Pulp fiction

A video of a man belly-crawling his way through New York City, rare comic books, prints by Kerry James Marshall, and issues of the Anti-Fascist Front Magazine—these are just a few of the 65 objects and artworks on display in Black Pulp!, a show up at 32 Edgewood Avenue until Mar. 11. William Villalongo, artist and lecturer at the Yale School of Art, and Mark Gibson, ART ’13, curated the show. By displaying the work of black artists and publishers, as well as non-black artists and publishers “allied with foregrounding the black experience,” as the press release for the show explains, Pulp! aims to “challenge racist narratives and change limited notions of black experience.” The show is ambitious, and the expansive range of its content merits multiple visits to the gallery.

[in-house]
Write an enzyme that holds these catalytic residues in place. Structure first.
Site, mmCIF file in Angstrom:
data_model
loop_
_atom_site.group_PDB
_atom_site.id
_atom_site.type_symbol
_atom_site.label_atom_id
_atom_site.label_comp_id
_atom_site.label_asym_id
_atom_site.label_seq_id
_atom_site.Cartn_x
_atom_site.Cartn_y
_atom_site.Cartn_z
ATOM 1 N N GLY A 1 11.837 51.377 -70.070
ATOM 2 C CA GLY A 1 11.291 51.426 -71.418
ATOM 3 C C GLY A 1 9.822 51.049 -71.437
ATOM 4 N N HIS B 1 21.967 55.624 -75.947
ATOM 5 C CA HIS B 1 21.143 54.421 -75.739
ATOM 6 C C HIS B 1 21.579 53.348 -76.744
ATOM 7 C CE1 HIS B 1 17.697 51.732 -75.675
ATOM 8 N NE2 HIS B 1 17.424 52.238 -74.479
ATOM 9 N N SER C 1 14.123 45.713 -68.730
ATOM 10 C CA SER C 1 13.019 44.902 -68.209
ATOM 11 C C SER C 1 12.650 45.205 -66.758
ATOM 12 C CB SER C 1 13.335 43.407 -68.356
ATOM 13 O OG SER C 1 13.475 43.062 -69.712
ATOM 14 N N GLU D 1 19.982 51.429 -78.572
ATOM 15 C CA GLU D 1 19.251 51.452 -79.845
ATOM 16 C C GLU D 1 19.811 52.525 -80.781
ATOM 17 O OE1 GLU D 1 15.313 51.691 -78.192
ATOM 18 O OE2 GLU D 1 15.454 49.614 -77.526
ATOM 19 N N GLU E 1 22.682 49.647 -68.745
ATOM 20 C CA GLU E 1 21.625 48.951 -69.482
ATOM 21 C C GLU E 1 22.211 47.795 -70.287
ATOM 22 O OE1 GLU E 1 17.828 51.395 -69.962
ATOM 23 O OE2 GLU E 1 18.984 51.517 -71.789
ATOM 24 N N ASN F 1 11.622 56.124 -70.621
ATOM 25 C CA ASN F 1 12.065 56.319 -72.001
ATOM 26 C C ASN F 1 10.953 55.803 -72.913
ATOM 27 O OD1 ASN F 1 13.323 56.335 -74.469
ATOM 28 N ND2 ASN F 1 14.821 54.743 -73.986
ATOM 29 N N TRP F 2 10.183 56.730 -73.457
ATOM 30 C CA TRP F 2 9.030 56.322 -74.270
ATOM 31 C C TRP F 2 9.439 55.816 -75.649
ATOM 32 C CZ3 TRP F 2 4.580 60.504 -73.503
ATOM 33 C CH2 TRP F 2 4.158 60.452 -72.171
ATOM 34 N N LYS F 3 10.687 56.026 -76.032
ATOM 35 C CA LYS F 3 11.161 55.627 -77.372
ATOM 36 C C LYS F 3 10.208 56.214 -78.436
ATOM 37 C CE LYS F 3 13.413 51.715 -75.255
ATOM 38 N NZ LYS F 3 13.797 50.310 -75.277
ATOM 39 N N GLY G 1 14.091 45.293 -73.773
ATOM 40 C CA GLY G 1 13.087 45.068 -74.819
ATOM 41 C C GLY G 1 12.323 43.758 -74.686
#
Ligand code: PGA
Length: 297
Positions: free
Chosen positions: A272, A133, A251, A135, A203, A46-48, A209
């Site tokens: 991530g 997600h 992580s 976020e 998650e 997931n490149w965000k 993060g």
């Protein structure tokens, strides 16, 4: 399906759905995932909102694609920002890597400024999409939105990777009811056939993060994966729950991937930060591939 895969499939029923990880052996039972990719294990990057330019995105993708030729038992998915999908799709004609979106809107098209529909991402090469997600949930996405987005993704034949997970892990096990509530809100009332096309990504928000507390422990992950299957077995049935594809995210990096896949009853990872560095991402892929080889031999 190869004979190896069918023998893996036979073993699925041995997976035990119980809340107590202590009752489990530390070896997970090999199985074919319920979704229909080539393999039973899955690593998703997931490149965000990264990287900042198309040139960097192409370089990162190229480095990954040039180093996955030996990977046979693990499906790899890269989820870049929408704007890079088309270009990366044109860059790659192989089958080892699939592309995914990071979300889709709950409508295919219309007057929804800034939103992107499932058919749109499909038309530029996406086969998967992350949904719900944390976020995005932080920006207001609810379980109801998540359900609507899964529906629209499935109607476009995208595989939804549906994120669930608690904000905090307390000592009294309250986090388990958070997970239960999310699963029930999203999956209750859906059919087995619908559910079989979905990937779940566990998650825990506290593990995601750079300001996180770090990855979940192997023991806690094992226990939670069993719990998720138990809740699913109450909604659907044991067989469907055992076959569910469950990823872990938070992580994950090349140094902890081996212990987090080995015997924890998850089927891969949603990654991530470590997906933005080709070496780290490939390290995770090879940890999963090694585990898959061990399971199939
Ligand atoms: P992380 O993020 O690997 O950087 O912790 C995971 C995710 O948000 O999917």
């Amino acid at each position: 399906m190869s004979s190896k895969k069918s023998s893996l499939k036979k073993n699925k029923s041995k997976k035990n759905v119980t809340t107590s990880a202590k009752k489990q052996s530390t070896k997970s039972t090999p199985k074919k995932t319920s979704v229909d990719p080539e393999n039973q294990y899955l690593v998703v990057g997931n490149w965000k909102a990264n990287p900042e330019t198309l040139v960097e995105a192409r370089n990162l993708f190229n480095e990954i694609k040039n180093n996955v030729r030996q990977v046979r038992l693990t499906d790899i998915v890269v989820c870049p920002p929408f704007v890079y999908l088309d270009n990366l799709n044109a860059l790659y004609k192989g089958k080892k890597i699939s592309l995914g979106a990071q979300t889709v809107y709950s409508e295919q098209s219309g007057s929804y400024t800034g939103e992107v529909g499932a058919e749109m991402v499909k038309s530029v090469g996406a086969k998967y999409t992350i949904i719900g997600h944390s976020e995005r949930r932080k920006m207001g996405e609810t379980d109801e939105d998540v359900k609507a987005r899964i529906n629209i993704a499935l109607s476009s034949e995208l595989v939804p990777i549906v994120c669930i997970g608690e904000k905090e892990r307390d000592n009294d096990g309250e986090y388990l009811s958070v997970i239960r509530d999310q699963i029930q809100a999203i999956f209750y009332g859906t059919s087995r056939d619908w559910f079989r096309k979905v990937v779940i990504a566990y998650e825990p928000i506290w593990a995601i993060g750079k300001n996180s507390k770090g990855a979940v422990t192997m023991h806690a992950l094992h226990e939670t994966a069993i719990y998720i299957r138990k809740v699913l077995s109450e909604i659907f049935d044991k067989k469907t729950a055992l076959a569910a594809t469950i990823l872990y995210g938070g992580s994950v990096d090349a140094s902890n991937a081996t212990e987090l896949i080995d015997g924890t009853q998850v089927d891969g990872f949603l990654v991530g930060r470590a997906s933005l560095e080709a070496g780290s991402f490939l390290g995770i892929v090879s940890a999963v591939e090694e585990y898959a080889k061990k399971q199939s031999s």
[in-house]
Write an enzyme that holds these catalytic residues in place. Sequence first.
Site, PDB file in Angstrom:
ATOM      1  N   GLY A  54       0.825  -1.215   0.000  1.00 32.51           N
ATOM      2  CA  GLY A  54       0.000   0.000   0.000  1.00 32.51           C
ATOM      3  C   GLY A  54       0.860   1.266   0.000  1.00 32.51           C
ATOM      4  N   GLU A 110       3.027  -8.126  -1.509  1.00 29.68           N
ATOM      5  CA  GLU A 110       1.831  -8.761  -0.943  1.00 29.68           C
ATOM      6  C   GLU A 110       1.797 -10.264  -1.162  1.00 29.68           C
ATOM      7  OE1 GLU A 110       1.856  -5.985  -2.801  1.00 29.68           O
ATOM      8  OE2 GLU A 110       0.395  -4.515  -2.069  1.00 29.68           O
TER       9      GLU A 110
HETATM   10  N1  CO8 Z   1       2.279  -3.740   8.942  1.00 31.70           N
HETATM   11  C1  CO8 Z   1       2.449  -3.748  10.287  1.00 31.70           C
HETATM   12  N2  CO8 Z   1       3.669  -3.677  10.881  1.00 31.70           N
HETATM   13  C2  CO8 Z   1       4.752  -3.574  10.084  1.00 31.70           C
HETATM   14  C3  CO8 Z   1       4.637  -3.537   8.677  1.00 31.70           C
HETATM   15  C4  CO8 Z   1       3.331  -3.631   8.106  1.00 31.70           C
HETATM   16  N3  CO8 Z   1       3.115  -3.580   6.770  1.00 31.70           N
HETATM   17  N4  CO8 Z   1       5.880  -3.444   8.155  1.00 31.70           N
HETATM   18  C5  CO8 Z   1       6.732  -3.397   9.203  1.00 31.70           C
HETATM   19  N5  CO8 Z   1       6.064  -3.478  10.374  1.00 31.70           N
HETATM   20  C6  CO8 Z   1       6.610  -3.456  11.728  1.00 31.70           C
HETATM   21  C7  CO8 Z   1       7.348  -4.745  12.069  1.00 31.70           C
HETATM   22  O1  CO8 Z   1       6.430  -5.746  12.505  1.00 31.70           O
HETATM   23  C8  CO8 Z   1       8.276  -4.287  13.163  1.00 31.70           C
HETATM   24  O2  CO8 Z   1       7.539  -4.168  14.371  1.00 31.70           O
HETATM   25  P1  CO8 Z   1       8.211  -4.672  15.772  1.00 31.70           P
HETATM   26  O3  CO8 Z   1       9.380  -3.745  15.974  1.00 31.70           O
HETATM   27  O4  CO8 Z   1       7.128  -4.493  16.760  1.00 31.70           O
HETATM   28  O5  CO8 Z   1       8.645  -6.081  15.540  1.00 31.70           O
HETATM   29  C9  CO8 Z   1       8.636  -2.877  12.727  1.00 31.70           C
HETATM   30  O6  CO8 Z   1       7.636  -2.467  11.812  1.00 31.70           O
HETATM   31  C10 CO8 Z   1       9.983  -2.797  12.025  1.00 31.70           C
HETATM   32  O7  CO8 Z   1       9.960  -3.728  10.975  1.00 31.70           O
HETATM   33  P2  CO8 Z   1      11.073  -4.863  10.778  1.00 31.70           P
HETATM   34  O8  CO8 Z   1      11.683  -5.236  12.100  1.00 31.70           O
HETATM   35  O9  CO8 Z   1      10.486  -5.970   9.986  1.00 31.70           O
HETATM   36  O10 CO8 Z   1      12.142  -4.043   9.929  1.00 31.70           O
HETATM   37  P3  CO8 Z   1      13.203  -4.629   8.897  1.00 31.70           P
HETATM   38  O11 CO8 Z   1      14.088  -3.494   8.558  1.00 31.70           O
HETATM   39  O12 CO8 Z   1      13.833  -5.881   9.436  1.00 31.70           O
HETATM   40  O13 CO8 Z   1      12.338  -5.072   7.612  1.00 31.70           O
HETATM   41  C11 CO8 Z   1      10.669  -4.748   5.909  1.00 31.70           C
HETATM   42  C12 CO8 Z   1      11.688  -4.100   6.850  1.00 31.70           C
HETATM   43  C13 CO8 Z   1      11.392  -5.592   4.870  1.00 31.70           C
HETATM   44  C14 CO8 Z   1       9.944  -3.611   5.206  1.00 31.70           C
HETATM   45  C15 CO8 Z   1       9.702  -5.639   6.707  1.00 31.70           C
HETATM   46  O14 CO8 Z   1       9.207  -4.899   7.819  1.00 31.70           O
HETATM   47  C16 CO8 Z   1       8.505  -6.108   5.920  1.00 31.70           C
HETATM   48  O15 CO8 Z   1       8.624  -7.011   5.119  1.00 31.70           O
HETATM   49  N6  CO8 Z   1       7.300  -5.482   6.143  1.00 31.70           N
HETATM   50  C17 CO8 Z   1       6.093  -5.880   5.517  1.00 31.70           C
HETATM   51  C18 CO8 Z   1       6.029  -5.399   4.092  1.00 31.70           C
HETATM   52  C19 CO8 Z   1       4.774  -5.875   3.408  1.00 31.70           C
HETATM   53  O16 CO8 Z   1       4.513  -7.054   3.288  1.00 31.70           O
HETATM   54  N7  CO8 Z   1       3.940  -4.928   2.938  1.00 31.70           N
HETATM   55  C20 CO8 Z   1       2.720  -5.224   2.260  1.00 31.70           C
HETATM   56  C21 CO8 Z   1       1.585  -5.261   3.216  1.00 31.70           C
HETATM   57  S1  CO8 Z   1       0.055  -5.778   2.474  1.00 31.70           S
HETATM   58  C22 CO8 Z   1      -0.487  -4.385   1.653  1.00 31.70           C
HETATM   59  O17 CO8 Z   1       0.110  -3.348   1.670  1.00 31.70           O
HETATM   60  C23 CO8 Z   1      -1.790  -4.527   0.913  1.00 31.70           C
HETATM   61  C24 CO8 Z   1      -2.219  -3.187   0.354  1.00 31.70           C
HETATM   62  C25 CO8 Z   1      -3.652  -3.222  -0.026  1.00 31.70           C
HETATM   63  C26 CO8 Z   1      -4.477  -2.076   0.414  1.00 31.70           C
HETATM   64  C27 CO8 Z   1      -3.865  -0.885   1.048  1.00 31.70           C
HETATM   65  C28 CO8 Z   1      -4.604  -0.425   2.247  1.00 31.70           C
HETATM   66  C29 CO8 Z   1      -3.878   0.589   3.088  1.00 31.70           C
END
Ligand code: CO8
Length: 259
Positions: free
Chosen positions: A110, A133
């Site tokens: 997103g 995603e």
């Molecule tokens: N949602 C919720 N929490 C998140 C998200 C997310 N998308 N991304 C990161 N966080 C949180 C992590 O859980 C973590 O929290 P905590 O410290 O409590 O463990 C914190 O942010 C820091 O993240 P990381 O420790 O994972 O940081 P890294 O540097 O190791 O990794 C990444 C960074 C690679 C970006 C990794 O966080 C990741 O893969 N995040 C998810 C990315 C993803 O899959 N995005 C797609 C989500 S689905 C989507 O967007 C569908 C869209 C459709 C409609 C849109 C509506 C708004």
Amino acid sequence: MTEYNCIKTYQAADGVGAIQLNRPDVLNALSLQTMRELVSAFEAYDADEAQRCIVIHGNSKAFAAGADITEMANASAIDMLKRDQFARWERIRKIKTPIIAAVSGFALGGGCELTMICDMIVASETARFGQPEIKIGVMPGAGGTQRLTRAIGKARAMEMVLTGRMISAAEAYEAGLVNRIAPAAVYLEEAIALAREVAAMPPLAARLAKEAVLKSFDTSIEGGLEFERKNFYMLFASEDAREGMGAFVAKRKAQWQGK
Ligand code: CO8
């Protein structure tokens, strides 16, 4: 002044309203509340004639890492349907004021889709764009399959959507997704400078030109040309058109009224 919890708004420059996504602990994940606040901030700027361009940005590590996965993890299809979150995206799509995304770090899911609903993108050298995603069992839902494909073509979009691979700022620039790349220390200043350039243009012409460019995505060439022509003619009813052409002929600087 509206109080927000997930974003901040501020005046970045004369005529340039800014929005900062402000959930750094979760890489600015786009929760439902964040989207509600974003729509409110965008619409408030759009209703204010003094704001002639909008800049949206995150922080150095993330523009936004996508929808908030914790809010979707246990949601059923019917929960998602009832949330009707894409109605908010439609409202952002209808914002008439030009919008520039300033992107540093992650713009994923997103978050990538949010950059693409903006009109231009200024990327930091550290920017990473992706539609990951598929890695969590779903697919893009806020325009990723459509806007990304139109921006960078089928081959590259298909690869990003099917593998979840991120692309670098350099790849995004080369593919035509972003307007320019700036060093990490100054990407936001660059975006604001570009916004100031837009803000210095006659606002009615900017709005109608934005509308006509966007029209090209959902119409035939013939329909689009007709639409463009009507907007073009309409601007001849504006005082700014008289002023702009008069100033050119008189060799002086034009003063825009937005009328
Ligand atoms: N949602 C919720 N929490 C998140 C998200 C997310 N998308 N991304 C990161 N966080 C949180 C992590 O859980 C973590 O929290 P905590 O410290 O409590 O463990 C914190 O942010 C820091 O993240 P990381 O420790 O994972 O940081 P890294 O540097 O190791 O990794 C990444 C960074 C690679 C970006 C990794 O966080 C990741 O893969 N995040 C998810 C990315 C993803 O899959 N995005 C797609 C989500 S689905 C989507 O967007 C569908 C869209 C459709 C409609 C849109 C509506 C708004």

The idea for this multimedia exhibit arose from discussions between Villalongo and Gibson, sparked by Kara Walker’s “A Subtlety or the Marvelous Sugar Baby” project in 2014. In that show, Walker created a giant, sugar-coated sculpture in the old Domino Sugar factory in Brooklyn. “Mark and I were floored by how wild and over the top it was,” Villalongo recalled in an email to me. “The aggressiveness and subversiveness of the expression led us to start questioning it as a sort of ‘pulp’ attitude which can be defined as a lurid, satirical and absurd, most readily found in comics and pulp fiction.” When Robert Storr, Dean of the Yale School of Art, asked the faculty for Edgewood Gallery show proposals, Villalongo saw it as a chance to turn musings into a reality.